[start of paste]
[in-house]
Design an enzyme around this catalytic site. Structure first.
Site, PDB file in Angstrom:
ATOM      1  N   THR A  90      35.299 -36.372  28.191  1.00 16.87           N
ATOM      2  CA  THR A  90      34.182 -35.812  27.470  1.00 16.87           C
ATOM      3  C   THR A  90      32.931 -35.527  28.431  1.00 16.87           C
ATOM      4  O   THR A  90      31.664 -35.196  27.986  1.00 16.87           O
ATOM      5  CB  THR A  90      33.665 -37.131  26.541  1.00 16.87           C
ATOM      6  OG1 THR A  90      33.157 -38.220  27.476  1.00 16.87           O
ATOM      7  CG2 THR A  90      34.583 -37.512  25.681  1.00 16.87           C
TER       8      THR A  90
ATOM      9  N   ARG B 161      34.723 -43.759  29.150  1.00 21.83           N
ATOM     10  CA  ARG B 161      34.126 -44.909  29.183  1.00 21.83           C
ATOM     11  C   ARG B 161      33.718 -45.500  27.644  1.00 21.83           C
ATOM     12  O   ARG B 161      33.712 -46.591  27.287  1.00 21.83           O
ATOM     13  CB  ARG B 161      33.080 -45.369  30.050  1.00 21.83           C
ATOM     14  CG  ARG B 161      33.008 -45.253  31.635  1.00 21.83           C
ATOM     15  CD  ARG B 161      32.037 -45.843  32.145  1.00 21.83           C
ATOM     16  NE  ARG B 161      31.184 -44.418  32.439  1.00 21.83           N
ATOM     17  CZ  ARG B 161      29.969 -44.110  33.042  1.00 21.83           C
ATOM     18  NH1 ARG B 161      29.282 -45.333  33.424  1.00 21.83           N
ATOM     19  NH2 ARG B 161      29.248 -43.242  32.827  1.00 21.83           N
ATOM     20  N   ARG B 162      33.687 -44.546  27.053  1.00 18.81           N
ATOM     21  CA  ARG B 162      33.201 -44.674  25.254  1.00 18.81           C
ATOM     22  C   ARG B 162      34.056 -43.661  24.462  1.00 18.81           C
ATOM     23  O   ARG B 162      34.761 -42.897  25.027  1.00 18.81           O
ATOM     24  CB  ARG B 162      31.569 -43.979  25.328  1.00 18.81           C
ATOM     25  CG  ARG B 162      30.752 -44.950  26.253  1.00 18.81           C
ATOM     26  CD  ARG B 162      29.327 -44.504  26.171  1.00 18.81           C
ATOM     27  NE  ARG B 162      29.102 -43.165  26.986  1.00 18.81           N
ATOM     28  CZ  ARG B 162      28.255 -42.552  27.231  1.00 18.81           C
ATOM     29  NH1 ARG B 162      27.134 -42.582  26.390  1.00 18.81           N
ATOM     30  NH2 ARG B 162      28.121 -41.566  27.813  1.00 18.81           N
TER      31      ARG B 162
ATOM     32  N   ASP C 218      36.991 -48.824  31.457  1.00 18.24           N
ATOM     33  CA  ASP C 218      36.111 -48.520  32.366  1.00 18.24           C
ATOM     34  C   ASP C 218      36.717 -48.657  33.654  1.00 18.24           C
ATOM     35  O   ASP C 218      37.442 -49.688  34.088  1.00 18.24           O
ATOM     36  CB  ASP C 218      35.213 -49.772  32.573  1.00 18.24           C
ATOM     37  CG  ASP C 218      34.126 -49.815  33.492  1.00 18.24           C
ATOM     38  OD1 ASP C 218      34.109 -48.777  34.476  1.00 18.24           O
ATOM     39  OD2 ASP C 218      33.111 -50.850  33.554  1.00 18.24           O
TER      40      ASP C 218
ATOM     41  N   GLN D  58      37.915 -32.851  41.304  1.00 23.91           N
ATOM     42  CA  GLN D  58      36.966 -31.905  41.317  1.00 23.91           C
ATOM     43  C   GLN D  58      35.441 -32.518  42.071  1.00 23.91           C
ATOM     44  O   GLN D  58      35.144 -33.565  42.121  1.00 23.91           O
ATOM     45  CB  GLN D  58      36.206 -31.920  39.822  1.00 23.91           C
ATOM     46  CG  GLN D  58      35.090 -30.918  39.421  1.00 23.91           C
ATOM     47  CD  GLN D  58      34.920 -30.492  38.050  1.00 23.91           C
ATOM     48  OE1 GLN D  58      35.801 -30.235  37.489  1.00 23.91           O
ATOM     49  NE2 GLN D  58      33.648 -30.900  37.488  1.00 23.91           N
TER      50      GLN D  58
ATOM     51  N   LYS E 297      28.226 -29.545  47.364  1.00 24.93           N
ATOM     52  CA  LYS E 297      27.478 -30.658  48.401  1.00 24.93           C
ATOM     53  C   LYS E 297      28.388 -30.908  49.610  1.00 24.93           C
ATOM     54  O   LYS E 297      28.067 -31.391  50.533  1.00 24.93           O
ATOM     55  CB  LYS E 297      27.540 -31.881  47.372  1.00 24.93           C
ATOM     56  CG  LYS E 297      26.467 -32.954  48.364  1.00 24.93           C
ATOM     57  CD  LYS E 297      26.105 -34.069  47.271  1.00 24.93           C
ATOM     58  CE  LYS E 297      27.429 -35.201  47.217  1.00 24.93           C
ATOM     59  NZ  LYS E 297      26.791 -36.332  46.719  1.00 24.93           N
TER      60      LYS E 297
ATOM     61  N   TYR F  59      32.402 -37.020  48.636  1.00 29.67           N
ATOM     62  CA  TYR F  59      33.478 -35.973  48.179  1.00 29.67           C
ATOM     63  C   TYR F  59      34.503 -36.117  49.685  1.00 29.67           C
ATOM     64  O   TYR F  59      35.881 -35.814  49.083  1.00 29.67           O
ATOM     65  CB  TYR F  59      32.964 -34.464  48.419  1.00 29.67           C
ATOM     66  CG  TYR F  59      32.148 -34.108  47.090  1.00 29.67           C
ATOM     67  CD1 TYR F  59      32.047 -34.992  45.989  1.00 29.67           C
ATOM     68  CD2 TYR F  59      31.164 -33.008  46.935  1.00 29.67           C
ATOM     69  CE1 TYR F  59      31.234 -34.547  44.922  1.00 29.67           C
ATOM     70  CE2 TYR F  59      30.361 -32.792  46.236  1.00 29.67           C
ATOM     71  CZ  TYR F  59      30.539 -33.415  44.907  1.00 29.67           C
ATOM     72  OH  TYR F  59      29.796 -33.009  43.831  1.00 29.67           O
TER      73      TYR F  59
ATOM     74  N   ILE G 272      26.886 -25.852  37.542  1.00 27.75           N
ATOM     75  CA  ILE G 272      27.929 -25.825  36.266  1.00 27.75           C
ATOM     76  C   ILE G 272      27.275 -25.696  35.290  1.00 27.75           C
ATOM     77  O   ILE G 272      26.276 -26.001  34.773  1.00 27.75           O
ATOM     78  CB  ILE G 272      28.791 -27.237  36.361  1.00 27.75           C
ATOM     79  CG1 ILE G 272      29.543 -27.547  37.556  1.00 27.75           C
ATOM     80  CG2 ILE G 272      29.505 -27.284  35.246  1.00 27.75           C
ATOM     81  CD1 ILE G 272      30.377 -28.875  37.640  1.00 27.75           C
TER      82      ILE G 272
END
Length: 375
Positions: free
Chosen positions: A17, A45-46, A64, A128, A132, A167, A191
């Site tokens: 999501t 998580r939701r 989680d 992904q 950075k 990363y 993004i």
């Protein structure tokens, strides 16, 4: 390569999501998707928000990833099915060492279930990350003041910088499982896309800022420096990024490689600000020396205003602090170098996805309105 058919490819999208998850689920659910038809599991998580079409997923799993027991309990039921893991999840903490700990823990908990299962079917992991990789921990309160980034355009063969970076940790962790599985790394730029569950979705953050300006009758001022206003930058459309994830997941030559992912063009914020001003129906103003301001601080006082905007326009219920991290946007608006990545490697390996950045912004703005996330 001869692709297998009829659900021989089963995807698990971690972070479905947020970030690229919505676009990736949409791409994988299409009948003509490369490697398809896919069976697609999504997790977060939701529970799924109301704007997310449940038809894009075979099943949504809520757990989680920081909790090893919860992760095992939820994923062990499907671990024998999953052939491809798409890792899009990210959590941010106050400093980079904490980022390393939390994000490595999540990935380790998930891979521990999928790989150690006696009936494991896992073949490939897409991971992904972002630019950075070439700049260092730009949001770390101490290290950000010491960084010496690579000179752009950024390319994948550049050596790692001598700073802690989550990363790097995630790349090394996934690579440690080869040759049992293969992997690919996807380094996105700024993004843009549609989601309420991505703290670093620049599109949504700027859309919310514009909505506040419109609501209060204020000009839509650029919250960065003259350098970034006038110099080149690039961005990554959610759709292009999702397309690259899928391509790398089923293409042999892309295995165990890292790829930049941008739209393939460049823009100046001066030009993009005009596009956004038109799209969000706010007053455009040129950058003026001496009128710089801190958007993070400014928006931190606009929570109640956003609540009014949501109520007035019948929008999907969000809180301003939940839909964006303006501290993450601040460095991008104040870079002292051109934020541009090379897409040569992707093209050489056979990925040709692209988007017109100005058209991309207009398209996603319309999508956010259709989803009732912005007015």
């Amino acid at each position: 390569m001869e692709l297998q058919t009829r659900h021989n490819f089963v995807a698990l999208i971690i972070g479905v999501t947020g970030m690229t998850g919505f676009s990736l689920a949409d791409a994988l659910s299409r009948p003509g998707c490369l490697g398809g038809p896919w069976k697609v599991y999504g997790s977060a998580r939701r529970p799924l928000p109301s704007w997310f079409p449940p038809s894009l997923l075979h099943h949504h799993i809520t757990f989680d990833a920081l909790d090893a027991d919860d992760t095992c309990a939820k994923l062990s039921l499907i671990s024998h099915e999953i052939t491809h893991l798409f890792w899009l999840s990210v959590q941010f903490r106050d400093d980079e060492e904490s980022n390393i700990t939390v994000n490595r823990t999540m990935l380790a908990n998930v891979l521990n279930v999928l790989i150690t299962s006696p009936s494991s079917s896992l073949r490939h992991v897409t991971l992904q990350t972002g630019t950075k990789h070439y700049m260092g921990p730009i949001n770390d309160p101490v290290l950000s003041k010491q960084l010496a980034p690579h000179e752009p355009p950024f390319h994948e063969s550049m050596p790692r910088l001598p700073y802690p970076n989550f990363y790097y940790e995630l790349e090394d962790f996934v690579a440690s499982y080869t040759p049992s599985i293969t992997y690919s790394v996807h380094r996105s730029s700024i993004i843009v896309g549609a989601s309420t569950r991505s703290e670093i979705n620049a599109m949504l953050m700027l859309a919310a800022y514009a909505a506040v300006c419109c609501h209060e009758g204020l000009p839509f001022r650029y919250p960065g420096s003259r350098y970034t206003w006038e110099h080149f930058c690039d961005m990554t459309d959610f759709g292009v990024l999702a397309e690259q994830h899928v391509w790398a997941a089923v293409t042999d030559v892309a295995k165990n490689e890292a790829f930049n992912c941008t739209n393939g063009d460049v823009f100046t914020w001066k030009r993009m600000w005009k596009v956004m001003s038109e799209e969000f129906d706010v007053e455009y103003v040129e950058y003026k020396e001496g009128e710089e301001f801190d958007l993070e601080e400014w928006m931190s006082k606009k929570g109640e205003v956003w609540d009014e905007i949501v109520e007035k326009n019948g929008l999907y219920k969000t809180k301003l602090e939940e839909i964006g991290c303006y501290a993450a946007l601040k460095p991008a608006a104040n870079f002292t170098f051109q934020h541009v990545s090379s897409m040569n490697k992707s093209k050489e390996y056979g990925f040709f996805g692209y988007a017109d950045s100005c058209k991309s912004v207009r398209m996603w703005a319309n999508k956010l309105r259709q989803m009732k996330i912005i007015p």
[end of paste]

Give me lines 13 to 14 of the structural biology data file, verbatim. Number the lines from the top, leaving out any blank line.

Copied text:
ATOM     10  CA  ARG B 161      34.126 -44.909  29.183  1.00 21.83           C
ATOM     11  C   ARG B 161      33.718 -45.500  27.644  1.00 21.83           C